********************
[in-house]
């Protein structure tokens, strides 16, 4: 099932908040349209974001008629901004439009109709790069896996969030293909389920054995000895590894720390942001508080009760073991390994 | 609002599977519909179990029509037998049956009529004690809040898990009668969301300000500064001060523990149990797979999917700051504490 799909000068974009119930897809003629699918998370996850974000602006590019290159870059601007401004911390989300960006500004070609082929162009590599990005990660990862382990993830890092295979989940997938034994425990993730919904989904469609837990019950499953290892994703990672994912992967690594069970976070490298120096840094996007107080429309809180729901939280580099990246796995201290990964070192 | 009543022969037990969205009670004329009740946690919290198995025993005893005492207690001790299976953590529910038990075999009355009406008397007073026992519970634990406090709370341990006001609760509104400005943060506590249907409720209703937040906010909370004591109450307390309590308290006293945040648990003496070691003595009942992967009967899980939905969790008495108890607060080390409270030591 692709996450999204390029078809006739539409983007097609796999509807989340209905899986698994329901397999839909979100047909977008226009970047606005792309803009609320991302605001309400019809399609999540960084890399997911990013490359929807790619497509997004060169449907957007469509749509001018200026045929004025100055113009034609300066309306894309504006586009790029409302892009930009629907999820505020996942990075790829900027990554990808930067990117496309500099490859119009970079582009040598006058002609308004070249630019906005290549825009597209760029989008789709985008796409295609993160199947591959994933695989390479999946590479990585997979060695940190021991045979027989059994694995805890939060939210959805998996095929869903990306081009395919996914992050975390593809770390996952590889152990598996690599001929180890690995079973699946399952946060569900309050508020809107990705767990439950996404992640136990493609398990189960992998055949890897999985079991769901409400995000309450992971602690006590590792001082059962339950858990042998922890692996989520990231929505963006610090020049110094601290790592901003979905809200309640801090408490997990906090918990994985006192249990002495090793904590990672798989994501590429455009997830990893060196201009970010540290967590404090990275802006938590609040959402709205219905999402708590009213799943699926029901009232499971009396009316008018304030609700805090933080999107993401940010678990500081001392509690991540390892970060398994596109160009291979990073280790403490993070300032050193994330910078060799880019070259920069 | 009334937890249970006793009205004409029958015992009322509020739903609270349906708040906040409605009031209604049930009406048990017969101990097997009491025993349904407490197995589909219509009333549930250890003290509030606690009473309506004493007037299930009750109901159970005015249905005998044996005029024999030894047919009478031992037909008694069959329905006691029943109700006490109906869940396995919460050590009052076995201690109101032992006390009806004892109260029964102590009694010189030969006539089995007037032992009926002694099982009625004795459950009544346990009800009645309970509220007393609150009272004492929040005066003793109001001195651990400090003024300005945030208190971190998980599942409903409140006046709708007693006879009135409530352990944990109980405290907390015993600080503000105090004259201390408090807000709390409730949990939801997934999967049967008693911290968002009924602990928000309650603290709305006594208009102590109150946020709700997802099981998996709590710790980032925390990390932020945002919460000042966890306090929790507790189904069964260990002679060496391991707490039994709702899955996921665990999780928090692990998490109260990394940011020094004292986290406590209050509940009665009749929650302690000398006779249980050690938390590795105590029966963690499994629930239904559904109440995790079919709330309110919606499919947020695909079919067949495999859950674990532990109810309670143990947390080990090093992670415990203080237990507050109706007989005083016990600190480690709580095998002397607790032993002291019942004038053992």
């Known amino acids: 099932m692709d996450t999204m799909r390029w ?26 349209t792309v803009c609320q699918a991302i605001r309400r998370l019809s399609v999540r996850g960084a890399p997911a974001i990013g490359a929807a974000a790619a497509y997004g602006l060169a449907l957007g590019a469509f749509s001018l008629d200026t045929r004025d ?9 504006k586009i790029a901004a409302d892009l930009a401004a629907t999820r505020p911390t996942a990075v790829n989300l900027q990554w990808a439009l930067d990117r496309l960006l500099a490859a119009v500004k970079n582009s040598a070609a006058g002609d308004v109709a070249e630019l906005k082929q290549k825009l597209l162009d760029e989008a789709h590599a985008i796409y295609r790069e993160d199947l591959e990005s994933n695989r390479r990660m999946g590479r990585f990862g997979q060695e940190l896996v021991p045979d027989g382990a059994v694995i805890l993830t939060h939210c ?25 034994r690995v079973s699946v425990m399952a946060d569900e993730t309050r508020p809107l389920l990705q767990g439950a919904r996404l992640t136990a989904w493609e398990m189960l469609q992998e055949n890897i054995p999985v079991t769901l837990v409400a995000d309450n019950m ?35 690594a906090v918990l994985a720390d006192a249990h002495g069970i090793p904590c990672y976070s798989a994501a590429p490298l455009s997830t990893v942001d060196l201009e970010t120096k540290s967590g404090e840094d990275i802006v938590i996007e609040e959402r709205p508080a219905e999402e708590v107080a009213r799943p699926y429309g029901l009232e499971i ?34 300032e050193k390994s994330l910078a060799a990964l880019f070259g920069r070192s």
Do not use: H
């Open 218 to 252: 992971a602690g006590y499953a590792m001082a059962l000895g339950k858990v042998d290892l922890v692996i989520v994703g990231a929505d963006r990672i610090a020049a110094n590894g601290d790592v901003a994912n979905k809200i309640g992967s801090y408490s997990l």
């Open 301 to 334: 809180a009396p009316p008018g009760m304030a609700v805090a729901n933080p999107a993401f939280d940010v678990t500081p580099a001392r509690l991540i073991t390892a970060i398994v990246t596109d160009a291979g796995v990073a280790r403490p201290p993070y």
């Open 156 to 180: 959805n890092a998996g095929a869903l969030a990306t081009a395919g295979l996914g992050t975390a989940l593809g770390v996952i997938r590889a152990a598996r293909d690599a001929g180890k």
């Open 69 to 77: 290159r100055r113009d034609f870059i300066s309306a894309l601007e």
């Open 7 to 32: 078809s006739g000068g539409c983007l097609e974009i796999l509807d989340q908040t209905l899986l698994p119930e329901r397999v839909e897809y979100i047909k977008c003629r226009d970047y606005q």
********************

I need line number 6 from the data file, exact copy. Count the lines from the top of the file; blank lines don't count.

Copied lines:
């Open 301 to 334: 809180a009396p009316p008018g009760m304030a609700v805090a729901n933080p999107a993401f939280d940010v678990t500081p580099a001392r509690l991540i073991t390892a970060i398994v990246t596109d160009a291979g796995v990073a280790r403490p201290p993070y």